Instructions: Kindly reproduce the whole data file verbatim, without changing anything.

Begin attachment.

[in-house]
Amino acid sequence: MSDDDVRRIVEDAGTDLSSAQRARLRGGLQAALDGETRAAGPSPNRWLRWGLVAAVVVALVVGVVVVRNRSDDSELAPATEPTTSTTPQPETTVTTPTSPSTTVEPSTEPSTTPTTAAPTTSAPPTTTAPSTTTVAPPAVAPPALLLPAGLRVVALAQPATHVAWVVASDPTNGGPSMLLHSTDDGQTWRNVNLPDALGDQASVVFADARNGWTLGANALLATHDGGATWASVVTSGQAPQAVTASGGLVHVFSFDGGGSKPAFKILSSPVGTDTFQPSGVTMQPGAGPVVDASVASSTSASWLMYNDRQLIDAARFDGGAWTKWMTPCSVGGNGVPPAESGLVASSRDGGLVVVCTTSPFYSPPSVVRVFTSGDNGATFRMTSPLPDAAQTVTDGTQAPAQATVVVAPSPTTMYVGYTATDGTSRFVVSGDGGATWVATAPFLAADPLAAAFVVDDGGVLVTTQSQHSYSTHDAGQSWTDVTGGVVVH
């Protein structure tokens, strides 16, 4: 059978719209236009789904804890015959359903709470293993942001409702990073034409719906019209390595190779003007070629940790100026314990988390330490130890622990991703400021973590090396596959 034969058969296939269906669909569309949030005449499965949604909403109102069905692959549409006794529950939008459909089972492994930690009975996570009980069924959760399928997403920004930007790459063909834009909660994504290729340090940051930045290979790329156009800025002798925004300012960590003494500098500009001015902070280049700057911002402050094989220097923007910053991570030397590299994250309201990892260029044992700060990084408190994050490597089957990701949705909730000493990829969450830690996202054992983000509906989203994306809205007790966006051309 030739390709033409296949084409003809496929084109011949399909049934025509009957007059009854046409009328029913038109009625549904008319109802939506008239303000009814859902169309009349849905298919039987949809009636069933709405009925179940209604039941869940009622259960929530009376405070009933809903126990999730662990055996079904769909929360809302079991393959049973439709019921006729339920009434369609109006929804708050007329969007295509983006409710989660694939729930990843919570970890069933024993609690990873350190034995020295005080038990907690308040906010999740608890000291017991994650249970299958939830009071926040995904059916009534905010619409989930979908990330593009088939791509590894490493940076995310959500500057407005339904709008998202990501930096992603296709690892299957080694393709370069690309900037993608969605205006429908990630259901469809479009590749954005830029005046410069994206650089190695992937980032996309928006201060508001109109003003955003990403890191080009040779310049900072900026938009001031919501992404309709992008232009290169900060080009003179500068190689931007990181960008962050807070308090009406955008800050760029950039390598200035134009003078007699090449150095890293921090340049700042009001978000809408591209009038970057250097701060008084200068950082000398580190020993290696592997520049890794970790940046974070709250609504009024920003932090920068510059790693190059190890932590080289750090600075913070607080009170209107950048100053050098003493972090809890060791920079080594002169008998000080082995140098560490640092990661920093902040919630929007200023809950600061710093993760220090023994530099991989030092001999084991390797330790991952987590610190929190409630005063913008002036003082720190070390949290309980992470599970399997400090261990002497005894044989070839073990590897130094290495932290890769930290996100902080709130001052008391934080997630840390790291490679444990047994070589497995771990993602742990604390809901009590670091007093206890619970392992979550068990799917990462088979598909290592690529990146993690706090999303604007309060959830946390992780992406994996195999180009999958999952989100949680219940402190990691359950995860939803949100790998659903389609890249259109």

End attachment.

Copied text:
[in-house]
Amino acid sequence: MSDDDVRRIVEDAGTDLSSAQRARLRGGLQAALDGETRAAGPSPNRWLRWGLVAAVVVALVVGVVVVRNRSDDSELAPATEPTTSTTPQPETTVTTPTSPSTTVEPSTEPSTTPTTAAPTTSAPPTTTAPSTTTVAPPAVAPPALLLPAGLRVVALAQPATHVAWVVASDPTNGGPSMLLHSTDDGQTWRNVNLPDALGDQASVVFADARNGWTLGANALLATHDGGATWASVVTSGQAPQAVTASGGLVHVFSFDGGGSKPAFKILSSPVGTDTFQPSGVTMQPGAGPVVDASVASSTSASWLMYNDRQLIDAARFDGGAWTKWMTPCSVGGNGVPPAESGLVASSRDGGLVVVCTTSPFYSPPSVVRVFTSGDNGATFRMTSPLPDAAQTVTDGTQAPAQATVVVAPSPTTMYVGYTATDGTSRFVVSGDGGATWVATAPFLAADPLAAAFVVDDGGVLVTTQSQHSYSTHDAGQSWTDVTGGVVVH
């Protein structure tokens, strides 16, 4: 059978719209236009789904804890015959359903709470293993942001409702990073034409719906019209390595190779003007070629940790100026314990988390330490130890622990991703400021973590090396596959 034969058969296939269906669909569309949030005449499965949604909403109102069905692959549409006794529950939008459909089972492994930690009975996570009980069924959760399928997403920004930007790459063909834009909660994504290729340090940051930045290979790329156009800025002798925004300012960590003494500098500009001015902070280049700057911002402050094989220097923007910053991570030397590299994250309201990892260029044992700060990084408190994050490597089957990701949705909730000493990829969450830690996202054992983000509906989203994306809205007790966006051309 030739390709033409296949084409003809496929084109011949399909049934025509009957007059009854046409009328029913038109009625549904008319109802939506008239303000009814859902169309009349849905298919039987949809009636069933709405009925179940209604039941869940009622259960929530009376405070009933809903126990999730662990055996079904769909929360809302079991393959049973439709019921006729339920009434369609109006929804708050007329969007295509983006409710989660694939729930990843919570970890069933024993609690990873350190034995020295005080038990907690308040906010999740608890000291017991994650249970299958939830009071926040995904059916009534905010619409989930979908990330593009088939791509590894490493940076995310959500500057407005339904709008998202990501930096992603296709690892299957080694393709370069690309900037993608969605205006429908990630259901469809479009590749954005830029005046410069994206650089190695992937980032996309928006201060508001109109003003955003990403890191080009040779310049900072900026938009001031919501992404309709992008232009290169900060080009003179500068190689931007990181960008962050807070308090009406955008800050760029950039390598200035134009003078007699090449150095890293921090340049700042009001978000809408591209009038970057250097701060008084200068950082000398580190020993290696592997520049890794970790940046974070709250609504009024920003932090920068510059790693190059190890932590080289750090600075913070607080009170209107950048100053050098003493972090809890060791920079080594002169008998000080082995140098560490640092990661920093902040919630929007200023809950600061710093993760220090023994530099991989030092001999084991390797330790991952987590610190929190409630005063913008002036003082720190070390949290309980992470599970399997400090261990002497005894044989070839073990590897130094290495932290890769930290996100902080709130001052008391934080997630840390790291490679444990047994070589497995771990993602742990604390809901009590670091007093206890619970392992979550068990799917990462088979598909290592690529990146993690706090999303604007309060959830946390992780992406994996195999180009999958999952989100949680219940402190990691359950995860939803949100790998659903389609890249259109």